West Deptford Township Municipal Court – Thorofare, NJ

by | Oct 26, 2021

A municipal court is a court with limited jurisdiction over criminal charges and civil disputes inside its geographic area. These courts can be located at the city or county level.

West Deptford Township Municipal Court INformation

Court: West Deptford Township Municipal Court
Address: “400 Crown Point Road, Thorofare, NJ 08086”
Phone: 856-845-0120 ext. 115

City: Thorofare
County: Gloucester
State: New Jersey

What is the role of the West Deptford Township Municipal Court?

Municipal Courts are routinely called “courts of limited jurisdiction.” Which means that they handle minor crimes, civil cases, and traffic tickets. Courts like West Deptford Township Municipal Court are the first level of court for this group of matters.

On the other hand, the role of a county court is to deal with a large number of civil disputes within the respective region. Most cases involve divorce or other family matters, injury cases, more serious criminal charges, or lawsuits.

County courts have the jurisdiction to deal with misdemeanors and civil matters that won’t exceed the amount of $15,000.00, while the circuits courts handle felony matters and larger civil cases.

TYPES OF Matters adjudicated IN A MUNICIPAL COURT in Thorofare, New Jersey

Municipal courts are the lowest level of courthouses in the U.S.. They are usually found within the jurisdiction where they are located, but some places share municipal courts with other municipalities.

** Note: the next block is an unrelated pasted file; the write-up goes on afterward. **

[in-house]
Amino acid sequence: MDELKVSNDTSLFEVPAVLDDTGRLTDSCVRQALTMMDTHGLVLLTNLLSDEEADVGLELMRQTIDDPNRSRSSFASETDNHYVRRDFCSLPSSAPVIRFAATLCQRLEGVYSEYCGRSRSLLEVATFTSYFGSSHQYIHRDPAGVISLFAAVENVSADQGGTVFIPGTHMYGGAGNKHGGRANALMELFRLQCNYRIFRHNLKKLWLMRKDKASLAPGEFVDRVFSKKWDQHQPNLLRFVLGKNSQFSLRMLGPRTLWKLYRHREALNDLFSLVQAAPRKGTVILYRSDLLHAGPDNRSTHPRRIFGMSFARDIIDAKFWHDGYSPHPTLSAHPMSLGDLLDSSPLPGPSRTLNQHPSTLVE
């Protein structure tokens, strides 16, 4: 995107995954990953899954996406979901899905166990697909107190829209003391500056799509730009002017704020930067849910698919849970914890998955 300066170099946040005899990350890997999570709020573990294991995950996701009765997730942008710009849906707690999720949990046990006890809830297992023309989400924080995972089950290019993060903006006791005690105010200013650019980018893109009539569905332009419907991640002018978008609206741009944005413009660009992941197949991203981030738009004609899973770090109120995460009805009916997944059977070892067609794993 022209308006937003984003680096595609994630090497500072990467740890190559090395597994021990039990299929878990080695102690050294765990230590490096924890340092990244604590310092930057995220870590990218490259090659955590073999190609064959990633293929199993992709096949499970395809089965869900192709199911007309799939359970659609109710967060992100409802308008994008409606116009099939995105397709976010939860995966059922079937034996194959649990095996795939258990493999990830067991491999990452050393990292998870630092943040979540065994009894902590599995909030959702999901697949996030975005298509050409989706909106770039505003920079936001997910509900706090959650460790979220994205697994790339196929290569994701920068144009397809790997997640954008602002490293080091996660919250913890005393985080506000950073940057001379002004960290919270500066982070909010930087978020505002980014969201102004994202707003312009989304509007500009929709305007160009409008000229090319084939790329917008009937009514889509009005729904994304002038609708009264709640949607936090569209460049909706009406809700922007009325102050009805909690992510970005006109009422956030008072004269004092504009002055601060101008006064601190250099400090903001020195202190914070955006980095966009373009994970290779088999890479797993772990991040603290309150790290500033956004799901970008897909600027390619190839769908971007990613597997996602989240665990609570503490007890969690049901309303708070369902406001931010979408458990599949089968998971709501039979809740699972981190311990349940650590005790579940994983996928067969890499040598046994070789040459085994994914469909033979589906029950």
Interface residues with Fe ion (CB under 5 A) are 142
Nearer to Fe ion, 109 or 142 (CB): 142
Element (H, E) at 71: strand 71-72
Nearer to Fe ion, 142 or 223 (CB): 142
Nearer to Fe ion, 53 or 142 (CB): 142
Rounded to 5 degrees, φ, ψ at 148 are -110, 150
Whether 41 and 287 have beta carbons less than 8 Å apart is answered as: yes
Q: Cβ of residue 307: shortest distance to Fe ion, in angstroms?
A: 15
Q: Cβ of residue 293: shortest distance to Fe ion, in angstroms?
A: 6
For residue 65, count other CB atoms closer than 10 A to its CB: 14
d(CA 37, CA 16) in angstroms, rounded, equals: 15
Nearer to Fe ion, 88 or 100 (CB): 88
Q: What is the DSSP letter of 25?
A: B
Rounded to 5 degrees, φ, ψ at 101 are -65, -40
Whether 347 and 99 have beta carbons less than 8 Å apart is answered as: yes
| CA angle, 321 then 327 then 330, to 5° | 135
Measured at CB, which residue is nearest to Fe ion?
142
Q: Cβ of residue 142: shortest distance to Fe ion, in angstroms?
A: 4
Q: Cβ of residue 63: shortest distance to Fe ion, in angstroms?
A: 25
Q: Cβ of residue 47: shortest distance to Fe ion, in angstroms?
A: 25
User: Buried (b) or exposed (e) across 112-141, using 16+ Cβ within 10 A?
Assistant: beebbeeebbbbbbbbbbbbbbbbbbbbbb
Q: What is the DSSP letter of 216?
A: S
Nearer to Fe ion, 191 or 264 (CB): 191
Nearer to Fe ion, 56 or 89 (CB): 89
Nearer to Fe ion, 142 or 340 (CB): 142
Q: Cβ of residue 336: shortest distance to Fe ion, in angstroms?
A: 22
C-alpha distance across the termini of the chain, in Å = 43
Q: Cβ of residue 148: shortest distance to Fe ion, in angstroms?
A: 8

This can be done to better serve their population or to save money on administrative costs. The matters that could be heard by a municipal court can change based on on the municipality, but typically include traffic crimes, low level criminal charges and code violations.

You will not find a standard for what makes a misdemeanor versus a felony charge, but generally speaking felonies would require more time in jail than misdemeanor crimes and fines may also be higher for felonies. Traffic violations usually result in points against your driver’s license as well

How are cases handled in the municipal court in Thorofare?

Municipal courts are the lowest level of the court system in the United States. They have jurisdiction over minor crimes, traffic matters, and other civil matters. Municipal courts are have often been called city courts or town courts. Matters are managed by a magistrate who is usually an attorney, judge, or retired judge. Magistrates may be appointed by the mayor or city council board to assist for a specific period of time.

Magistrates preside over hearings to determine:

  • Probable cause for arrest
  • Set bail amounts and terms of release
  • Conduct arraignment hearings when charges are filed against suspects by police officers
  • Distribute search warrants to law enforcement officers in order to seize evidence from crime locations
  • Conduct preliminary examinations to determine if there is enough evidence to mount a charge

The usual process of a Municipal Court matter

The common path of a municipal courthouse case can be difficult to navigate. The following material is an overview of the common items involved in a regular municipal court matter.